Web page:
Sleep disturbance linked to suicidal ideation in postural orthostatic tachycardia syndrome
Received 23 November 2016
Accepted for publication 13 January 2017
Published 12 April 2017 Volume 2017:9 Pages 109—115
Checked for plagiarism Yes
Review by Single anonymous peer review
Peer reviewer comments 2
Editor who approved publication: Dr Steven A Shea
Cathy Lynn Pederson,1 Jill Blettner Brook2
1Department of Biology, Wittenberg University, Springfield, OH, USA; 2PatientsCount, Anchorage, AK, USA
Objective: We investigated the prevalence of suicidal ideation in relationship with symptoms of sleep disruption in people with postural orthostatic tachycardia syndrome (POTS).
Methods: Online surveys (including the Pittsburgh Sleep Quality Index and the Suicide Behaviors Questionnaire – Revised) were completed by 705 POTS patients and 170 non-POTS controls.
Results: Poor sleep quality was reported in 98.4% of POTS patients with a calculated subjective sleep efficiency of 65.4%. The POTS group’s sleep efficiency was significantly lower (t= –11.32; p<0.001) and sleep disturbances because of pain were significantly higher (t=15.36; p<0.001) than controls. Chi-square testing showed a larger proportion of individuals at high-risk for suicide among POTS patients than controls (χ2 [1, n=875]=55.6; p<0.001). Multiple linear regression analysis showed that sleep scores (β=0.23, p<0.001), age (β=–0.03, p<0.001), and illness with POTS (β=0.68, p=0.05) were significantly associated with suicide ideation scores (F[4, 870]=38.34, p<0.001). This model explained 15% of variance (R2=0.15) in suicidal ideation scores.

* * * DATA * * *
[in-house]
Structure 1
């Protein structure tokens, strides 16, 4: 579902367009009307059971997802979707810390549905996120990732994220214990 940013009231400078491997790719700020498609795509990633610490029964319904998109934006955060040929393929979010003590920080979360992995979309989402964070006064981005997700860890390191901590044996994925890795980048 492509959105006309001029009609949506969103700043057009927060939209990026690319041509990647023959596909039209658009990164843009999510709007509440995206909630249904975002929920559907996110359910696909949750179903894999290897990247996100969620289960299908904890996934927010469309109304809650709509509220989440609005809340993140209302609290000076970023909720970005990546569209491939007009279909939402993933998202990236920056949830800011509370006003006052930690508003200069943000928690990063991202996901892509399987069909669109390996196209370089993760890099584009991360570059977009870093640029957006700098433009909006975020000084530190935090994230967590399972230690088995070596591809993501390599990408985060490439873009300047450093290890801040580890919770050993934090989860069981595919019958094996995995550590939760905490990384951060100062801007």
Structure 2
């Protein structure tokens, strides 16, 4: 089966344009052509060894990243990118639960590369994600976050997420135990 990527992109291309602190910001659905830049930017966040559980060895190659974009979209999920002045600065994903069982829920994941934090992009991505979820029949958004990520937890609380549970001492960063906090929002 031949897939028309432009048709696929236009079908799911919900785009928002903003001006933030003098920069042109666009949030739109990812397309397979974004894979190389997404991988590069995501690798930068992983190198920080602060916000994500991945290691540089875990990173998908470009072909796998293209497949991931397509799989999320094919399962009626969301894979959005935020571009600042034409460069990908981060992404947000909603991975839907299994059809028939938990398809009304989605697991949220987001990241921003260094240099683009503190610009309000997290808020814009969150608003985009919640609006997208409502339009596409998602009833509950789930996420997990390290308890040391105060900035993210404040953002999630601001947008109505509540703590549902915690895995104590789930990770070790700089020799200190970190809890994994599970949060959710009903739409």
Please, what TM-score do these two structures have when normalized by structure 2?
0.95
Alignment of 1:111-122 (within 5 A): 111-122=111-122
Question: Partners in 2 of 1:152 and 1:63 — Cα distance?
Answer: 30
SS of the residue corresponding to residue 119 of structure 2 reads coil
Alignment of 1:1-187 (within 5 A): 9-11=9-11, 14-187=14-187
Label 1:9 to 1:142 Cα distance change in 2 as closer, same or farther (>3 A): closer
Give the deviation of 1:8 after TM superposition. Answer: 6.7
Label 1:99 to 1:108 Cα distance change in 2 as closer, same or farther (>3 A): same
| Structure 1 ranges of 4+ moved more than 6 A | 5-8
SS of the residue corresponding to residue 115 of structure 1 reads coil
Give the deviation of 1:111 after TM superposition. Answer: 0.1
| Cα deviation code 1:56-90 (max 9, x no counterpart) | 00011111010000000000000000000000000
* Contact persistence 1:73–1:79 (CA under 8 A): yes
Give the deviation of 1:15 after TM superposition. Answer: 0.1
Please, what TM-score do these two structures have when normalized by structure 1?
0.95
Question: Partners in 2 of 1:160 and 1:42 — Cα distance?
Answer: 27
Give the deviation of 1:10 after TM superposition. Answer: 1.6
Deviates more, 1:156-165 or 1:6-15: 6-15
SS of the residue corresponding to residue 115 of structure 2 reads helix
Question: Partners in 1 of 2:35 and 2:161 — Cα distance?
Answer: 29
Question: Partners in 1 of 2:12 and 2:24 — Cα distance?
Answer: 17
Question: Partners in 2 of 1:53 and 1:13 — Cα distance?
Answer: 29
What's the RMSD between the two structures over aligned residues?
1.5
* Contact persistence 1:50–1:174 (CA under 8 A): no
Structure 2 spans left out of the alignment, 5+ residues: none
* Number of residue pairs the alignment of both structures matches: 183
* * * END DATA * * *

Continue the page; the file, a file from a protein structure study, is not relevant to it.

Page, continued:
Conclusion: Patients with POTS may suffer from increased sleep disturbance and suicidal ideation compared with the general population. Treatment to improve sleep efficiency and sleep quality is an important step toward better quality of life for POTS patients.
Keywords: postural orthostatic tachycardia syndrome, POTS, sleep, insomnia, suicidal ideation, suicide
A Letter to the Editor has been received and published for this article.